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Michael Haydn completed the Missa in honorem Sanctae Ursulae, Klafberg I:18, MH 546, on August 5, 1793, probably for use at the ceremony in which Ursula Oswald, the daughter of a friend, professed her religious vows at the Benedictine Abbey of Frauenwörth Chiemsee. Because of that fact, the Mass is sometimes known as the Chiemsee Mass.
The score calls for a quartet of vocal soloists, mixed choir, 2 bassoons, 2 trumpets in C, timpani, and strings with an organ to play continuo. Additionally, Haydn would have expected three trombones to double "the lower voices in choral tuttis," a second organ to play continuo during choral tuttis, as described by Leopold Mozart.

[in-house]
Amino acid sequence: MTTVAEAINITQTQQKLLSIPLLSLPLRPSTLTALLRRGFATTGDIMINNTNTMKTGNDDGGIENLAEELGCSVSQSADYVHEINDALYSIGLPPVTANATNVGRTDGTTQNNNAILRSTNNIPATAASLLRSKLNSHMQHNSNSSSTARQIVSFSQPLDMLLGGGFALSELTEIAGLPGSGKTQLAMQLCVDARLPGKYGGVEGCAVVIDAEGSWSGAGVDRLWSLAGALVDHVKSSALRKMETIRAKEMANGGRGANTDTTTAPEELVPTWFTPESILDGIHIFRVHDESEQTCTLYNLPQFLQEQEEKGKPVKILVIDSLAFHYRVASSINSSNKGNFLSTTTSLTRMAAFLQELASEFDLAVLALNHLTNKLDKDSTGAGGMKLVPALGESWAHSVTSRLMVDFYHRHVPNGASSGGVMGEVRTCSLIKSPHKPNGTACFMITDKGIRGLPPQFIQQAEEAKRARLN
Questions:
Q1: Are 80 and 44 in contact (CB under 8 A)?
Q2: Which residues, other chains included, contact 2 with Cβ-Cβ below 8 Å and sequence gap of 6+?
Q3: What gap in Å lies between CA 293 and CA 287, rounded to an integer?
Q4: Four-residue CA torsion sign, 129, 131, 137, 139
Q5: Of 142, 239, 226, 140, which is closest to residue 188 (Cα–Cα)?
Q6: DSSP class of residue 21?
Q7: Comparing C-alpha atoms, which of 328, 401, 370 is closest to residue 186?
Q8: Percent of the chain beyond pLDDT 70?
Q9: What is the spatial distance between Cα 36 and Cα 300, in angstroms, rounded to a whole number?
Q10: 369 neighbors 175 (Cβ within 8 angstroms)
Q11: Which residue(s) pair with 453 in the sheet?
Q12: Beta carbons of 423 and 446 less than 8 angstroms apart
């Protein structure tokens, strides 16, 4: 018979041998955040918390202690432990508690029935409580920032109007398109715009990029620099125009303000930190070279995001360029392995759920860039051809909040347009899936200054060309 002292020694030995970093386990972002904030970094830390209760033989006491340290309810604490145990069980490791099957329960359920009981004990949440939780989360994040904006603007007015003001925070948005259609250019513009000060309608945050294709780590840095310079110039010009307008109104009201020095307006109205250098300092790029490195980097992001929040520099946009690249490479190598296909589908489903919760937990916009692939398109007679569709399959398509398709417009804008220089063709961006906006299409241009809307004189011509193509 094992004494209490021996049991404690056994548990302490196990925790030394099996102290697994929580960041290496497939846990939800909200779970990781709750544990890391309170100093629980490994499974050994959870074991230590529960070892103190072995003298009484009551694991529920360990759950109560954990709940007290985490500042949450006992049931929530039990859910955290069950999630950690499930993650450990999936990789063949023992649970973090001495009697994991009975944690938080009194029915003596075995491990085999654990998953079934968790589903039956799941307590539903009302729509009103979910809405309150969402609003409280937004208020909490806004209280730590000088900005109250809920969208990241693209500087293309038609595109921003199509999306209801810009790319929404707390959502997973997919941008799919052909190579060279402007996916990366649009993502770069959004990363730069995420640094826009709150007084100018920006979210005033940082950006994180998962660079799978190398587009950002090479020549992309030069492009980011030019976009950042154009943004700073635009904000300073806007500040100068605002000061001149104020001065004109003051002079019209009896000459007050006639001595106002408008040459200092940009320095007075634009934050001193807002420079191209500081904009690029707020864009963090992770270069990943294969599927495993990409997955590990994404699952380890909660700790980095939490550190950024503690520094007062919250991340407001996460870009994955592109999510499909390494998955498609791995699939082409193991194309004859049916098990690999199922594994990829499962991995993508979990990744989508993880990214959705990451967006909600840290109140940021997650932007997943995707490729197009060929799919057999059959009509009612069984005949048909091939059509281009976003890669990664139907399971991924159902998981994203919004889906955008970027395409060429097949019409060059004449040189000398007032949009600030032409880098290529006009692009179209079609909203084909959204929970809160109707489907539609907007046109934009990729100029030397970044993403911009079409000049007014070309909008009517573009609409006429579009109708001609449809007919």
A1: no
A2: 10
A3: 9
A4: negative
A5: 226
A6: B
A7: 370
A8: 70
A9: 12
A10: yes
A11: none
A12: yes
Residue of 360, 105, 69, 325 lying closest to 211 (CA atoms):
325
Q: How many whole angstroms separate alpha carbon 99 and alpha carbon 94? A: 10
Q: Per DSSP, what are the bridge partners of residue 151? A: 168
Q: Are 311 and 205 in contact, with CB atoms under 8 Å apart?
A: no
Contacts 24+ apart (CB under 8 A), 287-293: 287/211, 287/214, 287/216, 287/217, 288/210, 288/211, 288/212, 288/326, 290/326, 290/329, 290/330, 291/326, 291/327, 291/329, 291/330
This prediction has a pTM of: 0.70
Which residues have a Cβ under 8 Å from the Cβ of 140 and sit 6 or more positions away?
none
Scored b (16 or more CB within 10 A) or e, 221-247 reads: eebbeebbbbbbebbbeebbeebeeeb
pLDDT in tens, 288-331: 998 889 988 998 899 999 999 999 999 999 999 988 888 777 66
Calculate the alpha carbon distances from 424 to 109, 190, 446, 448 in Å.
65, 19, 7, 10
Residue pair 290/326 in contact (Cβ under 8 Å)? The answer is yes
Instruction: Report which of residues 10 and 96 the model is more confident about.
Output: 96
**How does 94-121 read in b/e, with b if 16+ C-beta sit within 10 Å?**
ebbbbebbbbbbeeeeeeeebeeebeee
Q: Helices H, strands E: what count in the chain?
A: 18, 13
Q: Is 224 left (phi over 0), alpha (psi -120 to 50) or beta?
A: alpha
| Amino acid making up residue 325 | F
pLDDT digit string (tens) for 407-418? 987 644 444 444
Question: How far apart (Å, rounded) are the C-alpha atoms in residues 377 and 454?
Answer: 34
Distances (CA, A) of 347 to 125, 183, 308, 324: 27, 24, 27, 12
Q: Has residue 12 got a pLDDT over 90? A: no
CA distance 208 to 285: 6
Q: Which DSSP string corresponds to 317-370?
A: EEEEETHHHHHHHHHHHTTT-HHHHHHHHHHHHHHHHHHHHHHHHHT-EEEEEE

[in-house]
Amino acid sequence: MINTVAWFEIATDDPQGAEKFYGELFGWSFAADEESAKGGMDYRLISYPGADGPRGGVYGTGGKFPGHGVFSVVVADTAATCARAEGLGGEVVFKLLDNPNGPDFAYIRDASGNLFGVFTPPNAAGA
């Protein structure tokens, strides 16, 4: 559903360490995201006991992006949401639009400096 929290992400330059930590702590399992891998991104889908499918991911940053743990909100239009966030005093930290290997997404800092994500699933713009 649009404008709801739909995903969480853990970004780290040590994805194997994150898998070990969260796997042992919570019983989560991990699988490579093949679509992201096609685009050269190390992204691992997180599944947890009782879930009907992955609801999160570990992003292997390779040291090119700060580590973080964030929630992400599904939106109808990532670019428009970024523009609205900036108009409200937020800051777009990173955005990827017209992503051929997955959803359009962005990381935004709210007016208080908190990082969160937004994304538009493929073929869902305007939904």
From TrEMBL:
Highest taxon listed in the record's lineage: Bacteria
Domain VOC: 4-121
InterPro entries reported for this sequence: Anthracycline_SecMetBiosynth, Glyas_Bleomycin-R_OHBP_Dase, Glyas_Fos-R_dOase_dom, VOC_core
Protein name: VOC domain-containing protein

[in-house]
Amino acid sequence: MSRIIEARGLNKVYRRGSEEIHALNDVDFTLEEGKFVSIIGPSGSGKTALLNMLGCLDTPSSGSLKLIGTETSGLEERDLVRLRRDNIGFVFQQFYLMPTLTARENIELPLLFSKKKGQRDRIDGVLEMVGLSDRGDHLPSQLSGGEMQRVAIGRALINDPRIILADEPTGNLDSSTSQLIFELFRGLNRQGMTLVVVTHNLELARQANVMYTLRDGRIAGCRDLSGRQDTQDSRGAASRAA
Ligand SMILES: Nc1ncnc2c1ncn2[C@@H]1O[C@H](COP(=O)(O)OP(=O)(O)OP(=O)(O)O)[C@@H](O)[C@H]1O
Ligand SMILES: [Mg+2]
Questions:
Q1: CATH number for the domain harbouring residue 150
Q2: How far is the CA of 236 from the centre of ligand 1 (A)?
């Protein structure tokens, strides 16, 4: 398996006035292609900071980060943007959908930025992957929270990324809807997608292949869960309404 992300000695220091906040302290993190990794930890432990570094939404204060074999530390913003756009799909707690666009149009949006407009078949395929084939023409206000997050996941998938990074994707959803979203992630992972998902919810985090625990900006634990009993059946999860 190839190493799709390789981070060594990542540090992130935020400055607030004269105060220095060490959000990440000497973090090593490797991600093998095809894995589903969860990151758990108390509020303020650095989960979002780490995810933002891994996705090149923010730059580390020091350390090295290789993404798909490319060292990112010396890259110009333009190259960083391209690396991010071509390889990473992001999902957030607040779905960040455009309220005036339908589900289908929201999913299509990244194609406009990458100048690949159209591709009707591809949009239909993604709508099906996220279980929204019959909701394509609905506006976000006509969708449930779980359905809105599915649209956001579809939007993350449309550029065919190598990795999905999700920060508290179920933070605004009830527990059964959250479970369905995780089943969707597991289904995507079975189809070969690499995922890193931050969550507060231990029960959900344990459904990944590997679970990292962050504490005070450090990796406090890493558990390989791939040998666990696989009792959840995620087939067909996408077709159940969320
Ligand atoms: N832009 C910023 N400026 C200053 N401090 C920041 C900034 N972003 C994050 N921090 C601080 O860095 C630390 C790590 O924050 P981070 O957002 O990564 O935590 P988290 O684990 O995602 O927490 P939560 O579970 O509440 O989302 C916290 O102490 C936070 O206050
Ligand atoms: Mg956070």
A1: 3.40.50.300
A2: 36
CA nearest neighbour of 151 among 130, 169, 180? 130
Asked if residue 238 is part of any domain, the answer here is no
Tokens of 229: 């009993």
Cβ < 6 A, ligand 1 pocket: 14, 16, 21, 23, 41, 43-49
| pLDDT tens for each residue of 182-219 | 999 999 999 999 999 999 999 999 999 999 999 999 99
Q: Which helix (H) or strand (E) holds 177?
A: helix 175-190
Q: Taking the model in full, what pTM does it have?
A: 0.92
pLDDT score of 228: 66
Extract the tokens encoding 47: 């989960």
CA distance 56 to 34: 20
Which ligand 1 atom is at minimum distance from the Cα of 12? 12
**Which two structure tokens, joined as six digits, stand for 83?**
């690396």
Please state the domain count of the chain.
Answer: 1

- "Kyrie" Un poco Adagio, C major, common time
- "Gloria" Allegro, C major, 3/4
- "Credo" Allegro, C major, common time
- —"Et incarnatus est..." Adagio, A minor, 3/4
- —"Et resurrexit..." Vivace assai
- "Sanctus" Adagietto, mehr langsam, C major, 3/4
- —"Pleni sunt coeli..." Allegro
- "Benedictus" Allegro moderato, G major, common time
- —"Osanna..." 3/4, C major
- "Agnus Dei" Andante mà Comodo, C major, 3/4
- —"Dona nobis pacem..." Allegro molto
Haydn treated this setting of the mass ordinary "along symphonic lines" rather than "in the manner of the old Cantata Mass." Consequences of the treatment are that include the solo quartet acting as more of "a foil to the choral tutti" and the use of fugue "as the primary medium of thematic elaboration."
- Heartz (1995) Daniel. New York. Haydn, Mozart, and the Viennese School: 1740 — 1780 W. W. Norton & Co.
- Sherman (1969) Charles. Mainz Foreword to Missa pro Defunctis Universal Edition
- Sherman (1980) Charles. Madison, Wisconsin Preface to Missa in Honorem Sanctae Ursulae A-R Editions, Inc.